from The American Heritage® Dictionary of the English Language, 4th Edition
- Simon, Herbert Alexander 1916-2001. American economist. He won a 1978 Nobel Prize for his research into the decision-making process within economic organizations.
- Simon, Neil Born 1927. American playwright whose lighthearted comedies of middle-class life include The Odd Couple (1965) and Lost in Yonkers (1991), for which he won a Pulitzer Prize.
from Wiktionary, Creative Commons Attribution/Share-Alike License
- proper n. Name of any of a number of men in the New Testament, notably the original name of Apostle Peter.
- proper n. A male given name.
- proper n. A patronymic surname.
from WordNet 3.0 Copyright 2006 by Princeton University. All rights reserved.
- n. United States singer and songwriter (born in 1942)
- n. one of the twelve Apostles (first century)
- n. United States playwright noted for light comedies (born in 1927)
- n. United States economist and psychologist who pioneered in the development of cognitive science (1916-2001)
SIMON: That's really Alvin and Theodore and Simon?
In "Simon Says," children remember the rules of the game (follow a command only when they hear the phrase 'Simon Says'); self-regulate by not automatically responding to the command (analyze it before responding); shift attention (between the command and the rules of the game to figure out how to respond); and self-regulate again (by responding only if the command included the phrase 'Simon Says').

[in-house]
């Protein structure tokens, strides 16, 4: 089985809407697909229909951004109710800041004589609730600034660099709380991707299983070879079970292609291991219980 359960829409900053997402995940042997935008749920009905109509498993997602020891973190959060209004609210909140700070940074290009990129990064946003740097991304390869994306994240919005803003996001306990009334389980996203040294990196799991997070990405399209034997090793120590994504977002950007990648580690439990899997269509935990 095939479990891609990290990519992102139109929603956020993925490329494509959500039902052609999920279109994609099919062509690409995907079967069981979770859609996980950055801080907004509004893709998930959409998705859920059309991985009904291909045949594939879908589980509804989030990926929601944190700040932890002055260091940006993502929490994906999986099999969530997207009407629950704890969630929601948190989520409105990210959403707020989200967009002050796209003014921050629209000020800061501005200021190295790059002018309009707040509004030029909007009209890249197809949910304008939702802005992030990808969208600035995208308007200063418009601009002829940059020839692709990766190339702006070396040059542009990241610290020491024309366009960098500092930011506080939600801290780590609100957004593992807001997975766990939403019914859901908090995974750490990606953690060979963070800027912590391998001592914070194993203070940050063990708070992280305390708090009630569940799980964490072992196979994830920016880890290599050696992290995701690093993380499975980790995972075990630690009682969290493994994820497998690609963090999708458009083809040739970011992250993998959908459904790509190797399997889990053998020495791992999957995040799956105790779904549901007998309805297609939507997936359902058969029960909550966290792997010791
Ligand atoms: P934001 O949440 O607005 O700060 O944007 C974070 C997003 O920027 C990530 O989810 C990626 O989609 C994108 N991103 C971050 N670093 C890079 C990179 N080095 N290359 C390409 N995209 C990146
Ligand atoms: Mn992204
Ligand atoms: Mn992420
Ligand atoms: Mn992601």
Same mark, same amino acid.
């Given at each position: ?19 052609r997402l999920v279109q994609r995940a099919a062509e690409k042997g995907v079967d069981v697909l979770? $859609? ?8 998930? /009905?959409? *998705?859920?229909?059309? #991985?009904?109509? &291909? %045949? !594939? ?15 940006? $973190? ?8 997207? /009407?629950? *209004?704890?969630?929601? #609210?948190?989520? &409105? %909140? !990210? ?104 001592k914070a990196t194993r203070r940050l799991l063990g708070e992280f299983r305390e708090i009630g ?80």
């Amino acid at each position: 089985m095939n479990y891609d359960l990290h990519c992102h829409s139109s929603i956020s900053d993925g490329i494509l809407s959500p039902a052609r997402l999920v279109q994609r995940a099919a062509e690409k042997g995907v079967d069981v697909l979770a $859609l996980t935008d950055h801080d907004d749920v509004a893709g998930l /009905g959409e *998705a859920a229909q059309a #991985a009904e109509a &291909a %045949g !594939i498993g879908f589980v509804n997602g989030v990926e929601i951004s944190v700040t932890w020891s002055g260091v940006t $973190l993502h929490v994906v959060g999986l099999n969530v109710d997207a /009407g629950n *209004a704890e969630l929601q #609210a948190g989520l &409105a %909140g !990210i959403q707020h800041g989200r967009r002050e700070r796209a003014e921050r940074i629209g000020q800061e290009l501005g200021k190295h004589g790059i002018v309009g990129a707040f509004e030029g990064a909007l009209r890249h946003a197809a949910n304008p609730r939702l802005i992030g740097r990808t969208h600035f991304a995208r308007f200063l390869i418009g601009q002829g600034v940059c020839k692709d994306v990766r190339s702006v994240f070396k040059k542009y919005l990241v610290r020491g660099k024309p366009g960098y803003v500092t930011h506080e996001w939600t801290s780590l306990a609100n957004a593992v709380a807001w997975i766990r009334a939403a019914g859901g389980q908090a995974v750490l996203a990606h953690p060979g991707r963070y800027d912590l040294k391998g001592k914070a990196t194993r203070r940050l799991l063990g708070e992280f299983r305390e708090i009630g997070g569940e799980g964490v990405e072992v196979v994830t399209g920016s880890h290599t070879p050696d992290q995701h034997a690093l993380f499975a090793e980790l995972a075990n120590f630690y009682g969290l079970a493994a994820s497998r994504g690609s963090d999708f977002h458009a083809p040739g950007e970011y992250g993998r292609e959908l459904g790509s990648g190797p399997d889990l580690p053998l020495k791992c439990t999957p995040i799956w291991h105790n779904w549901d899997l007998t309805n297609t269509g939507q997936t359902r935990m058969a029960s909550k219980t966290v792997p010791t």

Jorge Fernández Granados, the author of the nine poems in this latest Tameme chapbook, won Mexico's Aguascalientes National Poetry Prize for his collection Los hábitos de la ceniza, which Simon translates as "the trappings of ash."
The playwright Martin Simon is sitting outside an Indian restaurant with a laptop and beer when James, the director, walks up.
Miriam smiled, and it was a ghastly caricature of the expression Simon had seen on her face in times past.
maybe the term Simon is looking for to describe the interactive people on the Web are Active Publics.
(As it happens, my cousin Simon is a sociologist who writes about the unreliability of forensic fingerprinting.
Though Aldertree’s tone was jovial, something flashed across his face as he spoke—an expression Simon couldn’t pin down.
Jill Lepore is one of those historians who draws gladly on "the archives of the feet," in Simon Schama's phrase.
The new bas-reliefs made of wood and formica in Simon's current exhibition elaborate on his long term fascination with automated mark making.
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